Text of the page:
The noun turmoil immediately springs to mind. Turmoil, in very simple words, is a chaotic or confusing situation. A country might slide into economic or political turmoil after a coup d'état, for example. A person can be in a state of inner turmoil. In that case, it means a state in which a person feels deeply confused about something problematic going on in their life. The Oxford Dictionary defines this word as follows:

A state of great disturbance, confusion, or uncertainty.

A couple of example sentences:

He endured years of inner turmoil.

Sitting on his bed, he felt inner turmoil about it again as he did on countless occasions.


According to Greek mythology, one of the most ancient of gods; the personification of the infinity of space preceding creation of the universe was known as Chaos.

You can use the adjective form of


i.e. chaotic to modify the noun [some place].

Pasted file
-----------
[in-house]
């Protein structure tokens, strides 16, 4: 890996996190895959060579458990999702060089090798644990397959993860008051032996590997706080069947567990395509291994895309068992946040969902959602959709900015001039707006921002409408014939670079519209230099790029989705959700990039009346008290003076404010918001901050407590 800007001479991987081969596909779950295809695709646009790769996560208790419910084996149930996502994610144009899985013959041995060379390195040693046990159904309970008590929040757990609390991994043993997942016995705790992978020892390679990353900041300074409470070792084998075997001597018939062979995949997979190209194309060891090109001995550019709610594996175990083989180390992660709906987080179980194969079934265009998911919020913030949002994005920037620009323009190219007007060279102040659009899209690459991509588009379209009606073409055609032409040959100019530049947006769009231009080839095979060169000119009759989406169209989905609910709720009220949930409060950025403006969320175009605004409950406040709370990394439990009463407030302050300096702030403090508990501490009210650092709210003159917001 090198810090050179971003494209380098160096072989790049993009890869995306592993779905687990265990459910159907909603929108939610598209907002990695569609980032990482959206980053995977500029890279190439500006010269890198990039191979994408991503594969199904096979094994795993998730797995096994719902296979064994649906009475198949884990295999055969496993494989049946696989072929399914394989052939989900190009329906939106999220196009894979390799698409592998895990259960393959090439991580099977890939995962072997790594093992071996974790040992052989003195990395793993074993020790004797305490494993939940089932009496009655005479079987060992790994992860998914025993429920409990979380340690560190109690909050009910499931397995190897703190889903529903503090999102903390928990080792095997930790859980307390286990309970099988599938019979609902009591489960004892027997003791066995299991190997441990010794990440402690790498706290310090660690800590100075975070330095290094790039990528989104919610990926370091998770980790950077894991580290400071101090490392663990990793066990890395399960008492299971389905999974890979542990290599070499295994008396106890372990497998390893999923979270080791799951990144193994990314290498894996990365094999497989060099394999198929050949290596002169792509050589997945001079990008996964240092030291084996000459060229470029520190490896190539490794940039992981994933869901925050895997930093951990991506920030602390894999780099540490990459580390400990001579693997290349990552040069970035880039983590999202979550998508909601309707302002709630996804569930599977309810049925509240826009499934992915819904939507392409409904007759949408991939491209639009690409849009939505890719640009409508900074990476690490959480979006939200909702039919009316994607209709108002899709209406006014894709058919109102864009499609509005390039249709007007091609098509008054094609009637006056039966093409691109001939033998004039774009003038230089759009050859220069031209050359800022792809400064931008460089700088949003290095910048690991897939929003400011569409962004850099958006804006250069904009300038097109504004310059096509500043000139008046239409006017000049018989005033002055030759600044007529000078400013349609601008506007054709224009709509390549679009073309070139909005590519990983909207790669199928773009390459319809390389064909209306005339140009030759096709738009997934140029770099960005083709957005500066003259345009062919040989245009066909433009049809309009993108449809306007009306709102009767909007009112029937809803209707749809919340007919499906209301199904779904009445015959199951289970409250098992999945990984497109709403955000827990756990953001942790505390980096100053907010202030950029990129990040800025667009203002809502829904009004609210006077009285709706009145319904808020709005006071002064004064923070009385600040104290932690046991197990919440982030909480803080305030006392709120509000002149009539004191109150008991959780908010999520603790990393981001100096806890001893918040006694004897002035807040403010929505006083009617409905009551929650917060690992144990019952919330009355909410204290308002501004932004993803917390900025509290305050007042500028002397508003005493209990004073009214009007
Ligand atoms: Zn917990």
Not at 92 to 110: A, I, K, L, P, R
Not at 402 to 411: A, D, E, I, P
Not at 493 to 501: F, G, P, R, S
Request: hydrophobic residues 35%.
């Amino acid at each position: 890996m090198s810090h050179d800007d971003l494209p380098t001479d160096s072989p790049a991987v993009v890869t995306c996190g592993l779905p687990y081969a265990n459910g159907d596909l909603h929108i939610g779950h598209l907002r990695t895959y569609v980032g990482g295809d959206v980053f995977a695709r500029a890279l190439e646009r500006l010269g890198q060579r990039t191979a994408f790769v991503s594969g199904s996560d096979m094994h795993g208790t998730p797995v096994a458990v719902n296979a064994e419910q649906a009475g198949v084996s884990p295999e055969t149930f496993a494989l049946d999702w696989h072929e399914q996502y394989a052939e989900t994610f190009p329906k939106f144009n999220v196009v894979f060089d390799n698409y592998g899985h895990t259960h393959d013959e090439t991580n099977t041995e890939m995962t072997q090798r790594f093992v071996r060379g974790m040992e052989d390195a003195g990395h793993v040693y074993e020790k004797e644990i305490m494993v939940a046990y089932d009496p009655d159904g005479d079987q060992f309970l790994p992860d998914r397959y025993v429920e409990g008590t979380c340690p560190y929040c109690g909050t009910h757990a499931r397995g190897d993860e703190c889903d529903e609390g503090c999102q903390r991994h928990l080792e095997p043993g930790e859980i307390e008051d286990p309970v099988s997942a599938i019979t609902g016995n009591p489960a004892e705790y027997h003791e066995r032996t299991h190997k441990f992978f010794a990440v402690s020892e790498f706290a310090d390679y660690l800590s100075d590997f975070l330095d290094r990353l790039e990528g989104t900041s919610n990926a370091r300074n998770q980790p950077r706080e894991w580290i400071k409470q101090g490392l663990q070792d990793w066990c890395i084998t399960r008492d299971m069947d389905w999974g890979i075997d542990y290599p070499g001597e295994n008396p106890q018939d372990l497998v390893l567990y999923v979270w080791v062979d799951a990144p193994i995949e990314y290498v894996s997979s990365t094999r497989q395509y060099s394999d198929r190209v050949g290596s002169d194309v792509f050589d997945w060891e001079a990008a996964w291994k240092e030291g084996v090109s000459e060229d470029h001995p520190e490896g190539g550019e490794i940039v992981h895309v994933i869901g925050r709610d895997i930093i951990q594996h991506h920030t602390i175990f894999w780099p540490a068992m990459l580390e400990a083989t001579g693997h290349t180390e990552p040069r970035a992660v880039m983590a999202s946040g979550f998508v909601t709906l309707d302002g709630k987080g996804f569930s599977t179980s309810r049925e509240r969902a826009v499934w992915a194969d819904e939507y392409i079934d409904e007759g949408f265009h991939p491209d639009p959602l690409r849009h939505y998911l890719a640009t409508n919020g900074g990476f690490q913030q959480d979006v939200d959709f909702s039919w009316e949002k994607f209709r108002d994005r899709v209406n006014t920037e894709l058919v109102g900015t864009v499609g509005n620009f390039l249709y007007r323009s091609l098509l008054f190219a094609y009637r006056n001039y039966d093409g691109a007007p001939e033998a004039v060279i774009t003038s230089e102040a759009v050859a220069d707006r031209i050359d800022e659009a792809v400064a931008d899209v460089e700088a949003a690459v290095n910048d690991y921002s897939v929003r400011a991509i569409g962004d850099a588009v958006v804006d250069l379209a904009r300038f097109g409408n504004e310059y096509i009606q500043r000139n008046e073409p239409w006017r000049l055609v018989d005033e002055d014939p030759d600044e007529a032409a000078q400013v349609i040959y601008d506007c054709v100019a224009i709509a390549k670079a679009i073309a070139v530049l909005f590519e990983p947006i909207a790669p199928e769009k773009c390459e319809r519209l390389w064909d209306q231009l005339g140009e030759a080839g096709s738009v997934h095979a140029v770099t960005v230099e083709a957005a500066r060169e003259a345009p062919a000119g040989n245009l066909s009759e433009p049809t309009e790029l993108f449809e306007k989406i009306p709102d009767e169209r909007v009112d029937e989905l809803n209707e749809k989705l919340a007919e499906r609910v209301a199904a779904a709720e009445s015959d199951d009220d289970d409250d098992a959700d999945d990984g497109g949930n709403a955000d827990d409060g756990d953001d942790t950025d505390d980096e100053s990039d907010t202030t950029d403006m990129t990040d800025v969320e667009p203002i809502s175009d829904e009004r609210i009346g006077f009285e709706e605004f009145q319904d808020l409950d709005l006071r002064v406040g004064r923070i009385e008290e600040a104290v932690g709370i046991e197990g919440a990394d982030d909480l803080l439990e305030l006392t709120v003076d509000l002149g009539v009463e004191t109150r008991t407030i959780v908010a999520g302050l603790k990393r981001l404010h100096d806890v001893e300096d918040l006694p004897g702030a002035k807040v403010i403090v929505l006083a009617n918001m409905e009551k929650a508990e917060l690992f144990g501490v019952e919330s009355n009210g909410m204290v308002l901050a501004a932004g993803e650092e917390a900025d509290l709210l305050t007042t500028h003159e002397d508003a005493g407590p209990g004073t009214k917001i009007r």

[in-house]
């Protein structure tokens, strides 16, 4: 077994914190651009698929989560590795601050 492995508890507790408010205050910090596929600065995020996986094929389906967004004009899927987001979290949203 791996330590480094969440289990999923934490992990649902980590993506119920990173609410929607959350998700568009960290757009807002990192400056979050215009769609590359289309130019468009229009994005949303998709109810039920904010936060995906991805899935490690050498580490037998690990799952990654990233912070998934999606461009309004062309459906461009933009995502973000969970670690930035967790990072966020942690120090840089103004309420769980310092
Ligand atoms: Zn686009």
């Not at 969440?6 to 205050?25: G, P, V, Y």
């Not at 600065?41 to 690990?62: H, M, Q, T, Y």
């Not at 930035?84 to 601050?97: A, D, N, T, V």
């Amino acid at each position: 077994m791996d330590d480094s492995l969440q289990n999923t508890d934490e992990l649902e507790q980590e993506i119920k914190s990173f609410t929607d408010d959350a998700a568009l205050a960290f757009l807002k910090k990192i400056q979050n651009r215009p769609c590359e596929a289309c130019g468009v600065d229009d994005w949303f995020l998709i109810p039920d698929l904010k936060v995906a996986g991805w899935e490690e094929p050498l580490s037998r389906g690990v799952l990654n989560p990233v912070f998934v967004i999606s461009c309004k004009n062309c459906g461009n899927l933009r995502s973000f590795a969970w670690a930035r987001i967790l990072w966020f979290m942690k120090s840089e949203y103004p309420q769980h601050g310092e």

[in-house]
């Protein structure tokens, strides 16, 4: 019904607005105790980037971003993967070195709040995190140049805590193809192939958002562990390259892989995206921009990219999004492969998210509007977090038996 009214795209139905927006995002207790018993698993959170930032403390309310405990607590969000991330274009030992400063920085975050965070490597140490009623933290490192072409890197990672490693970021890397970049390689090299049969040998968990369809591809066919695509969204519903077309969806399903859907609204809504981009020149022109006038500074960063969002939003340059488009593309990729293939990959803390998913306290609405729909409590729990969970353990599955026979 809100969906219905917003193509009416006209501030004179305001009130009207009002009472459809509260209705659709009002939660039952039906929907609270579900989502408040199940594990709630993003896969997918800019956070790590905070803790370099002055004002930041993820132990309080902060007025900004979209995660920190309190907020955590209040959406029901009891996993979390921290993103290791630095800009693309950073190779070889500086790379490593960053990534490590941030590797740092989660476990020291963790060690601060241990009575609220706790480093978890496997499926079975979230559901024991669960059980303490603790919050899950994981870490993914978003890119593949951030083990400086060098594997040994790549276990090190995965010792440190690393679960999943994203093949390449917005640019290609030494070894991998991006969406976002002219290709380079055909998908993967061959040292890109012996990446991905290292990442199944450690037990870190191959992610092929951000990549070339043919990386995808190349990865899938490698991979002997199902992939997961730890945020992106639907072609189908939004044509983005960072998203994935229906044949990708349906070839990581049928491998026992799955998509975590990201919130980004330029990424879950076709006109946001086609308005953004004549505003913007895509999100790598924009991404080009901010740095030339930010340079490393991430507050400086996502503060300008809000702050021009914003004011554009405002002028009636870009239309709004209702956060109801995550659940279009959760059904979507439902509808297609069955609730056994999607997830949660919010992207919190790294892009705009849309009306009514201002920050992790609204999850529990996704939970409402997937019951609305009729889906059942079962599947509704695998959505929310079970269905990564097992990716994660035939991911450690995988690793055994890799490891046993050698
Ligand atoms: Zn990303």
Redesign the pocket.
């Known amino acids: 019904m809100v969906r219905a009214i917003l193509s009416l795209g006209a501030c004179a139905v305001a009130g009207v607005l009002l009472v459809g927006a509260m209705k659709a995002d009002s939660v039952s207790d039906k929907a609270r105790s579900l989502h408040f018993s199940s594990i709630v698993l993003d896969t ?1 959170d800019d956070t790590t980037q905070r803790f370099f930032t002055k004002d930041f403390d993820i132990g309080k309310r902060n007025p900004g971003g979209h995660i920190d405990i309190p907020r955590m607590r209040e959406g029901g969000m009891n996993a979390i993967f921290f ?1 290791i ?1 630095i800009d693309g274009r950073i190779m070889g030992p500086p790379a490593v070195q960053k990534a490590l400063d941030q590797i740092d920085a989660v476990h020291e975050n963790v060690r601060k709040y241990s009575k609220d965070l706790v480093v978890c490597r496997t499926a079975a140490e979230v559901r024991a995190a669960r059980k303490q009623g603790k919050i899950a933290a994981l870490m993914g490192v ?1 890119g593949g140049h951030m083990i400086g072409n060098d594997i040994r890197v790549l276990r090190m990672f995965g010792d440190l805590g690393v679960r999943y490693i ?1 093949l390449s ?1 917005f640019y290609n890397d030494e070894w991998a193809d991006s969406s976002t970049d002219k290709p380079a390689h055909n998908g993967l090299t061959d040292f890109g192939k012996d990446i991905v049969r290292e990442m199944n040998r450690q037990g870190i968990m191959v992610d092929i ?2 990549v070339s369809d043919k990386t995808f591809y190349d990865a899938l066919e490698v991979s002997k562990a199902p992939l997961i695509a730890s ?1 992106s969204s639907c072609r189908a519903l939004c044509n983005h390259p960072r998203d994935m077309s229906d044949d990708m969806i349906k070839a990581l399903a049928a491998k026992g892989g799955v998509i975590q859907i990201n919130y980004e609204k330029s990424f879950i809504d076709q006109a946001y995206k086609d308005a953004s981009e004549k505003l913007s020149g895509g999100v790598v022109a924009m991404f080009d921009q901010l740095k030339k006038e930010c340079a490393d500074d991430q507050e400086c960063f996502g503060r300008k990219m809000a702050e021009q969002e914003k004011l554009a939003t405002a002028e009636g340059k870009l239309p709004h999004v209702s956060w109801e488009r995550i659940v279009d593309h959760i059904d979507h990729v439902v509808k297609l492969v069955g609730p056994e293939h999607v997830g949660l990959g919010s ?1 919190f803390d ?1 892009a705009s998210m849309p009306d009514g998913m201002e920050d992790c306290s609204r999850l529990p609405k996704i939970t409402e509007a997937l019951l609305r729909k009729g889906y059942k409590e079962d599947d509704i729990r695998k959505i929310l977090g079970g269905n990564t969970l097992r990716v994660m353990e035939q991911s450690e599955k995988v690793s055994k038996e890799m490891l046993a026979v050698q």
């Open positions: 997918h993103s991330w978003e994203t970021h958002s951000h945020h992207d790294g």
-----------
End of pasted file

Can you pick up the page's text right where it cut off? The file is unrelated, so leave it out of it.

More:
Though, chaotic in contemporary English means

Meaning: In a state of complete confusion and disorder.

Usage 1. [In literal sense] The house is a bit chaotic at the moment - we've got all these extra people staying and we're still decorating.

Usage 2. [In figurative sense] Her mind was a chaotic place for her fragile thoughts and Her heart was a fragile place for her chaotic feelings.

or, you can simply say

It is a chaotic place.




  1. a wild, confused, and often noisy place, set of circumstances, etc.:
    The office was a madhouse today.

Most other options seem to refer more to a state -- either the mental state of the people, or the general state of the place -- rather than the place itself. With "madhouse", the madness refers to a part of what the place is, not just to what's happening there.


One word that would fit your example sentence is tizzy. A tizzy is a nervous, excited, or distracted mental state. It doesn't describe a physical place of confusion, but rather a personal sense of frenetic thought. This doesn't fit the question title very well, but fits the example sentence in the question body just about perfectly.

"The attractive offers sent me into a tizzy" would mean that you are exhibiting some kind of agitation while thinking about these offers, possibly being excited, nervous, or confused about them - in other words "your head is spinning" (in a figurative sense).

Tizzy at Dictionary.com

  • You beat me to it in seconds! Please add link to an online reference and this can be a good answer. Apr 18, 2019 at 17:25